City council, county commission want to keep minors out of adult court

City council, county commission want to keep minors out of adult court

The Pensacola City Council and Escambia County Commission say too many children are being tried as adults in our courts. They want to send a resolution to Tallahassee asking state legislatures to allow judges more leeway for young people in trouble with the law.

The resolution doesn't have any legal ramifications, but not everyone in Escambia County is happy about the idea.

According to the potential resolution put forward by the Escambia County Board of Commissioners, Florida puts more children in adult prison than any other state in the country.

Escambia County Commissioner Grover Robinson said its far too many.

"Anytime we end up putting juveniles into an adult situation without taking into account some of their juvenile nature and giving them an opportunity to improve their situations. All we have done is create career criminals," said Robinson.

The resolution recommends district attorney to get a judge's signoff to prosecute a minor as an adult.

State Attorney Bill Eddins said the proposal is outside of the powers of these local governments.

"They are not qualified, they do not have the experience or the expertise to evaluate these matters and shouldn't be considering them. In addition to that, it is outside of their arena of responsibility. My office is the office that prosecutes these juveniles," Eddins said.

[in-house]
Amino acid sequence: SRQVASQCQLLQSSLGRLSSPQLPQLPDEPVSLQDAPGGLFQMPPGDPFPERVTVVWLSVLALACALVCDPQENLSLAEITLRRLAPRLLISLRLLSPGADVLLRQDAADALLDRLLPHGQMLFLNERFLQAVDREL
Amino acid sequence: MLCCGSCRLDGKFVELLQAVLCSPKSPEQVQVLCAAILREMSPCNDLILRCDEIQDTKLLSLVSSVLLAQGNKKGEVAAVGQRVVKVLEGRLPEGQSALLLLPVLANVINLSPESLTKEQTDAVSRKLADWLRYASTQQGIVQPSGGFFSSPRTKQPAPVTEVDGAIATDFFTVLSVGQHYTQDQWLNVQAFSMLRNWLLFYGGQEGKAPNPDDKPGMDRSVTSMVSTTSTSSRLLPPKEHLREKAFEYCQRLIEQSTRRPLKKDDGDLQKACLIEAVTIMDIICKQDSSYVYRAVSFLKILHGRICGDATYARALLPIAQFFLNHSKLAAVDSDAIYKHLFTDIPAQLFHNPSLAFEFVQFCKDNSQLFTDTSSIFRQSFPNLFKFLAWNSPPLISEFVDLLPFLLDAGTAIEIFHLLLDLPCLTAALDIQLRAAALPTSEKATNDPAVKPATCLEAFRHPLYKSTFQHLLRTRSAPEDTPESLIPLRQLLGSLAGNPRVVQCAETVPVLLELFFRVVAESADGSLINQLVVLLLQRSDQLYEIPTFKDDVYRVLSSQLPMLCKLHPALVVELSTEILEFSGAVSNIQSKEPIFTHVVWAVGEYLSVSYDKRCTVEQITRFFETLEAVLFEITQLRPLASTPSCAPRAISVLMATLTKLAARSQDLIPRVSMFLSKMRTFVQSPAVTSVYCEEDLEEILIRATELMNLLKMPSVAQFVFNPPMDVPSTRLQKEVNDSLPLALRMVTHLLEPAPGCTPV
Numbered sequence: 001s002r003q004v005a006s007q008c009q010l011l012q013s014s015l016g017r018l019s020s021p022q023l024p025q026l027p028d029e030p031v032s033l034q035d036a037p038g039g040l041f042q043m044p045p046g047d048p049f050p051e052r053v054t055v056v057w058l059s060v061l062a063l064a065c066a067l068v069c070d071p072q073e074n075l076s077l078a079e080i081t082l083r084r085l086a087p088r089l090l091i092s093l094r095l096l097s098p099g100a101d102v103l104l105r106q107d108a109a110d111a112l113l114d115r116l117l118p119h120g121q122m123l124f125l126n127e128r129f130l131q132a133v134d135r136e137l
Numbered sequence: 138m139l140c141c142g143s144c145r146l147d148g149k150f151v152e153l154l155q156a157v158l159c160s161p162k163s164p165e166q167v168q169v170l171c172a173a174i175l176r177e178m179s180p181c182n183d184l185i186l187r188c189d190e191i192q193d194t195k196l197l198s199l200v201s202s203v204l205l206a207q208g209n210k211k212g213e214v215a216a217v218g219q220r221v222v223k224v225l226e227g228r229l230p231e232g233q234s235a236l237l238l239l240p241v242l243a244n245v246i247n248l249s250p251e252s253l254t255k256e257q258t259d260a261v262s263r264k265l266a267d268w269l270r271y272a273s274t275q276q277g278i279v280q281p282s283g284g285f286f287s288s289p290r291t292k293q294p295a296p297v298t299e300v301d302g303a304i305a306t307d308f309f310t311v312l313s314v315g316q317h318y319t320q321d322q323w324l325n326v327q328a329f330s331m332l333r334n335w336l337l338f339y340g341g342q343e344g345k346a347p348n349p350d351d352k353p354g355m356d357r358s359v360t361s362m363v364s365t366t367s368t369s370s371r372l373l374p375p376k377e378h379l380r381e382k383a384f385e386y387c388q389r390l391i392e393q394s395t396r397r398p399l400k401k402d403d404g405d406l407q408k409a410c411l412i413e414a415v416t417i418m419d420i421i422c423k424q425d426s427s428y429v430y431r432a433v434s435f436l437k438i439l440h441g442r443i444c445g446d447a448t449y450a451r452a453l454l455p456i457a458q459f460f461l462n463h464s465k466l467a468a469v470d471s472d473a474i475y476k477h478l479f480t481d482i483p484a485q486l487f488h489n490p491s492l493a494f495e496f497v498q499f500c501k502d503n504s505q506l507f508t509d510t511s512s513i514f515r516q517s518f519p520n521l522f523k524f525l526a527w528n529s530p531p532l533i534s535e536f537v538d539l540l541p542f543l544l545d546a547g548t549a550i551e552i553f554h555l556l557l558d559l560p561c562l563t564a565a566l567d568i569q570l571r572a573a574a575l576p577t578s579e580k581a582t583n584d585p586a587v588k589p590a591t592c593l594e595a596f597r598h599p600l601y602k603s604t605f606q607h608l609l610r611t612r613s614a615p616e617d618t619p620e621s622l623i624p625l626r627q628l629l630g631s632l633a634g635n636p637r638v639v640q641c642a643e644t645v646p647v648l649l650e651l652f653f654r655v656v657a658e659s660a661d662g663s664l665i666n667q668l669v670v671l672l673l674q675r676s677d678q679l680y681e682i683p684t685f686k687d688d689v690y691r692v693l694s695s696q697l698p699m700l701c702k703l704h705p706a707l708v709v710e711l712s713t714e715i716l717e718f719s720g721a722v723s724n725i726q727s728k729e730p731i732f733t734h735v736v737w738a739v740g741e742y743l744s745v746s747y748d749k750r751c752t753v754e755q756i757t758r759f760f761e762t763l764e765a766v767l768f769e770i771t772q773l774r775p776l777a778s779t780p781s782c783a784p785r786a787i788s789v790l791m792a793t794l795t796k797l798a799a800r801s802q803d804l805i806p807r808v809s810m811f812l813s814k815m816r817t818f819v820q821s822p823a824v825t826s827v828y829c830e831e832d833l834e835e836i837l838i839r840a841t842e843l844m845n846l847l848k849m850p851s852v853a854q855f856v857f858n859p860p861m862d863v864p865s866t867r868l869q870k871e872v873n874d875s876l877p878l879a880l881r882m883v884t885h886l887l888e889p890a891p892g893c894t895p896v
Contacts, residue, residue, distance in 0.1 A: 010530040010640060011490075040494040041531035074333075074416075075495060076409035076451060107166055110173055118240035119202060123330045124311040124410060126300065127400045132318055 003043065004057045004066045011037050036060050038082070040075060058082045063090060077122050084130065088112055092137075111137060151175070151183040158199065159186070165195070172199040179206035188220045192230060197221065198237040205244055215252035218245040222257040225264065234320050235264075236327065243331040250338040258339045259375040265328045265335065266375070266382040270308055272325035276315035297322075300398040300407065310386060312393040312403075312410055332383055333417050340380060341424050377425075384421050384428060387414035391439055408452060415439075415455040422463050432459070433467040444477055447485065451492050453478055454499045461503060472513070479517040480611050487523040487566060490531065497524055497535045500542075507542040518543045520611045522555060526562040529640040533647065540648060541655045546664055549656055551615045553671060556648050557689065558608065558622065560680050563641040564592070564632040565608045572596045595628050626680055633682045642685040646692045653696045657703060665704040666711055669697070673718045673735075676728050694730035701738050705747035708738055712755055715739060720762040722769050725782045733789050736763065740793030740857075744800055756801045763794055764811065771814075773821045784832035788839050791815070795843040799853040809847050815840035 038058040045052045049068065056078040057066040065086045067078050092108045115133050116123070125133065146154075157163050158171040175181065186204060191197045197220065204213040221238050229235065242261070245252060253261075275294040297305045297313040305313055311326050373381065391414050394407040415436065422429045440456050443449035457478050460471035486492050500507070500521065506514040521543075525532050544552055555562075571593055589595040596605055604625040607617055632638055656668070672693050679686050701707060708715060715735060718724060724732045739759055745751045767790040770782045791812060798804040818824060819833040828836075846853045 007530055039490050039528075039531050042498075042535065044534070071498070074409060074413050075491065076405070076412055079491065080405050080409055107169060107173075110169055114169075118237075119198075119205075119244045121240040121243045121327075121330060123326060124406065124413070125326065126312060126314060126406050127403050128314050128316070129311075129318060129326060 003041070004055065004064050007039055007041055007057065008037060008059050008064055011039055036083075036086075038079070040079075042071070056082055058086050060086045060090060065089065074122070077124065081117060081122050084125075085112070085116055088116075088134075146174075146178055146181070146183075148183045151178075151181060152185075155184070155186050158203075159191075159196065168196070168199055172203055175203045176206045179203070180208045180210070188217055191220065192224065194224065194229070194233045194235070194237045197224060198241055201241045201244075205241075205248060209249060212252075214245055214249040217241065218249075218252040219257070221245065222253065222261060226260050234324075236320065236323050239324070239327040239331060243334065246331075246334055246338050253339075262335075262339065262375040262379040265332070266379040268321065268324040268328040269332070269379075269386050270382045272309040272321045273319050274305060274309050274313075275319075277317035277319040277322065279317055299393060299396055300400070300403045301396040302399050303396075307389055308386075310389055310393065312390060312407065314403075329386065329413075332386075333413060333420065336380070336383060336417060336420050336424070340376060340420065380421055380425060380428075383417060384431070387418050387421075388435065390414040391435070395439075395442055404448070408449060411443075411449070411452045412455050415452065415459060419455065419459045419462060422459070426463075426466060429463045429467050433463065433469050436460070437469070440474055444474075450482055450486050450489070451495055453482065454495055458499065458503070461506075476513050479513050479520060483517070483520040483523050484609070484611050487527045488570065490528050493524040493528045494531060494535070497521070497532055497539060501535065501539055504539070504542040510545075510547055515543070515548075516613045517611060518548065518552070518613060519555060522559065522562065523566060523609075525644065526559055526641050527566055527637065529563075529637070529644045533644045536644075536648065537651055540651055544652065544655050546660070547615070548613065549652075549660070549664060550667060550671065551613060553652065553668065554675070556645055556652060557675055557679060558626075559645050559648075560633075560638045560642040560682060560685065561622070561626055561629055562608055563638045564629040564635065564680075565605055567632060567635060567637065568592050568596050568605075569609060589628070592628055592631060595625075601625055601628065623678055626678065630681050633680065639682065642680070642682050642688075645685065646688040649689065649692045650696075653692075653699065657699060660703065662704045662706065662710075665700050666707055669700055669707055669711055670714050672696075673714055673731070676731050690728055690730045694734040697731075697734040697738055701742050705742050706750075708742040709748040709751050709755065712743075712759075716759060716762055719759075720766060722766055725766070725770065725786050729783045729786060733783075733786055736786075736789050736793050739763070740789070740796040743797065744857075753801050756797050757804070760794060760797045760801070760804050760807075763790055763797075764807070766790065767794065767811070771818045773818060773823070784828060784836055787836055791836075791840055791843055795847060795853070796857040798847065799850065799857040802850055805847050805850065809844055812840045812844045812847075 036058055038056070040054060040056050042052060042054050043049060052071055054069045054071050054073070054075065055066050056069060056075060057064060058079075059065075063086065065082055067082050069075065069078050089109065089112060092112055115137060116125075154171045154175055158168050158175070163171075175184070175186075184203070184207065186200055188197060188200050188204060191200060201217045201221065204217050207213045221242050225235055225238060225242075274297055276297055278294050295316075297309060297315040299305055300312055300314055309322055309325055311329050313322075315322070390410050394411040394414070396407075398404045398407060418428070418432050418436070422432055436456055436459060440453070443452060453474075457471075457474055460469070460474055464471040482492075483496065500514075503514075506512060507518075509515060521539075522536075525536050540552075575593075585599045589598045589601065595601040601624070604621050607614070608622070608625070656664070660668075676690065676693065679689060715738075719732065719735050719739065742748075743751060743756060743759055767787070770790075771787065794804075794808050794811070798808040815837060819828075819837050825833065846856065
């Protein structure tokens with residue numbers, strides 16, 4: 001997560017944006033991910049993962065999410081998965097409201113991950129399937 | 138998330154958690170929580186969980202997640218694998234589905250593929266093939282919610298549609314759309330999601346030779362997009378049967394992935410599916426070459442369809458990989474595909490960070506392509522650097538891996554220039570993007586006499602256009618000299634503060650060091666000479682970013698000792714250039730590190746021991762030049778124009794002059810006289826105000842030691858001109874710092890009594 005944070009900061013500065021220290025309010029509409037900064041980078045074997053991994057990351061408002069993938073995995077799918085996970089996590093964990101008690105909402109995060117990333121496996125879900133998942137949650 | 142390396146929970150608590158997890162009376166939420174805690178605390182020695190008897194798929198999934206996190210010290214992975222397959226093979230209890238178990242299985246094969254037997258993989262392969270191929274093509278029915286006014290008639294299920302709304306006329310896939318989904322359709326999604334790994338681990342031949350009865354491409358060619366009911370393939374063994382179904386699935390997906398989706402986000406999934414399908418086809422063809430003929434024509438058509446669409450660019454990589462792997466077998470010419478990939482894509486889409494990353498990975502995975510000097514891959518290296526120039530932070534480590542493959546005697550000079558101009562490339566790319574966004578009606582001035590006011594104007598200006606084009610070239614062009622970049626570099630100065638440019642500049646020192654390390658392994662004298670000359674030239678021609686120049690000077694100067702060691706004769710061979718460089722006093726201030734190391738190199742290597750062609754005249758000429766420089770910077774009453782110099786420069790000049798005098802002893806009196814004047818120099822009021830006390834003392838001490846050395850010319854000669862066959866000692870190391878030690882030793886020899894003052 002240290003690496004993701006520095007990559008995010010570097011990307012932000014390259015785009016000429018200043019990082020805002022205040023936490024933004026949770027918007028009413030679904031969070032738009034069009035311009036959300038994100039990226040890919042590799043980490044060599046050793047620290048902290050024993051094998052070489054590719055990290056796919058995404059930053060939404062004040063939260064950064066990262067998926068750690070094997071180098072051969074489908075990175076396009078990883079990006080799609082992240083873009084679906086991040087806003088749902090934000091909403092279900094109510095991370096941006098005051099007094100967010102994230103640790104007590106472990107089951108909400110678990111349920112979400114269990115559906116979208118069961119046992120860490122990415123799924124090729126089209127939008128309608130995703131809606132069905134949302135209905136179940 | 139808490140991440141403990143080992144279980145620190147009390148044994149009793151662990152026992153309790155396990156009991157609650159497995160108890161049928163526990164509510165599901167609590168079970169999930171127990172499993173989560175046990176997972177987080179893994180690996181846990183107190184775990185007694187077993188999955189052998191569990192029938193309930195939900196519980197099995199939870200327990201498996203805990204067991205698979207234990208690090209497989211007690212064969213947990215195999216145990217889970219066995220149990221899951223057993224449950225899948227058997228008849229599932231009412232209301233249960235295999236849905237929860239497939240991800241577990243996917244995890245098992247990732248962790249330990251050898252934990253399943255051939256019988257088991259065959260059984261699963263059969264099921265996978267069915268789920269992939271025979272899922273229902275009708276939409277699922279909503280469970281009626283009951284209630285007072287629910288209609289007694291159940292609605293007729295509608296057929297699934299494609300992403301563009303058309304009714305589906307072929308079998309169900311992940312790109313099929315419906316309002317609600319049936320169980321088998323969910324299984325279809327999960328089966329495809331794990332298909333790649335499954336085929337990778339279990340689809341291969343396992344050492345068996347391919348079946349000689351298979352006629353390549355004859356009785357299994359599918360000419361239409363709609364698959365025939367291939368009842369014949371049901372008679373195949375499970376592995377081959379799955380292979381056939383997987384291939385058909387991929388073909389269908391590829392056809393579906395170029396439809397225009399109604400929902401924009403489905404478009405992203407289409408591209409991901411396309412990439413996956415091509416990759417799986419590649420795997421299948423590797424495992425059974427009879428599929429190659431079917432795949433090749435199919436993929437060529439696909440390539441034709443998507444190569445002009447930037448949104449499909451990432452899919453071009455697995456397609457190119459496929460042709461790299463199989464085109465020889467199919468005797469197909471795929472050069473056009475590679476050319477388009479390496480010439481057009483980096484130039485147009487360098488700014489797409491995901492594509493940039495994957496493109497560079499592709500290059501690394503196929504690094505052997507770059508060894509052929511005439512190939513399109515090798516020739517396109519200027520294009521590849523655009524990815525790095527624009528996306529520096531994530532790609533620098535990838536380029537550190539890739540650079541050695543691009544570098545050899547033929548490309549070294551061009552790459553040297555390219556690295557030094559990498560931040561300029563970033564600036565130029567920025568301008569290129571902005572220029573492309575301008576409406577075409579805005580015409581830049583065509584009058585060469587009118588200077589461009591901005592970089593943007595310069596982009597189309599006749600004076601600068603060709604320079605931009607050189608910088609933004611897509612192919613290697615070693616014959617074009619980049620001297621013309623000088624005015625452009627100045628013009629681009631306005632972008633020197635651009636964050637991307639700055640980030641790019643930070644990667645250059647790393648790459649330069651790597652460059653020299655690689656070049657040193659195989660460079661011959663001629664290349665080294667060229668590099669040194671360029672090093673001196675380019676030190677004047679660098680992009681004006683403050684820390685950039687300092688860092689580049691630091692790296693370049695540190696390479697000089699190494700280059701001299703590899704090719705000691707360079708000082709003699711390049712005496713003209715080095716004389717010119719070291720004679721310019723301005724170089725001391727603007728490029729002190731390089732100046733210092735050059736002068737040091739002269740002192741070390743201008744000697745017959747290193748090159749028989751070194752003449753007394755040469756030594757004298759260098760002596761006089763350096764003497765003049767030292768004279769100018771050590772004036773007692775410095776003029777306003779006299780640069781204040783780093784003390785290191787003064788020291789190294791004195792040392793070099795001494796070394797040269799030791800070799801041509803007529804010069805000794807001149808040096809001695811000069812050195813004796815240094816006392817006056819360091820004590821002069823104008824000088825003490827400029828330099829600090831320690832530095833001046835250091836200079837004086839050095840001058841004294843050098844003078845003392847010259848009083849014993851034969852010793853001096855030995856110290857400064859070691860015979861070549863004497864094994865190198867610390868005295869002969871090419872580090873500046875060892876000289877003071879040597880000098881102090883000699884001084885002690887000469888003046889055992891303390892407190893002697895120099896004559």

He said the minors tried as adults are separated from adults in prison and said the ability to prosecute young people as adults has paid dividends in safety and security.

"We had an increased occurrence of violent crime. we had guys that were roaming the streets that were juveniles and I felt that the best approach was to transfer them to adult court if they were committing violent crimes or they had been through the juvenile system before and it had done no good, which happens to be an awful lot," Eddins said.

The resolution doesn't have the force of law, but Commissioner Robinson hopes what he calls the force of people is enough.

"We are simply saying that this is something worth evaluating. All we are making is a recommendation, we are not making a change, we're not in a position to do that, but we are in the position to let the opinions be known of what our opinions are. Clearly, almost all of the responses are very positive to it," Robinson said.

Pensacola City Council President Gerald Wingate also introduced a resolution to the city council agenda this week, which would petition the state government to not charge people under the age of 18 as adults. WEAR placed several calls to Wingate, but have not heard back.

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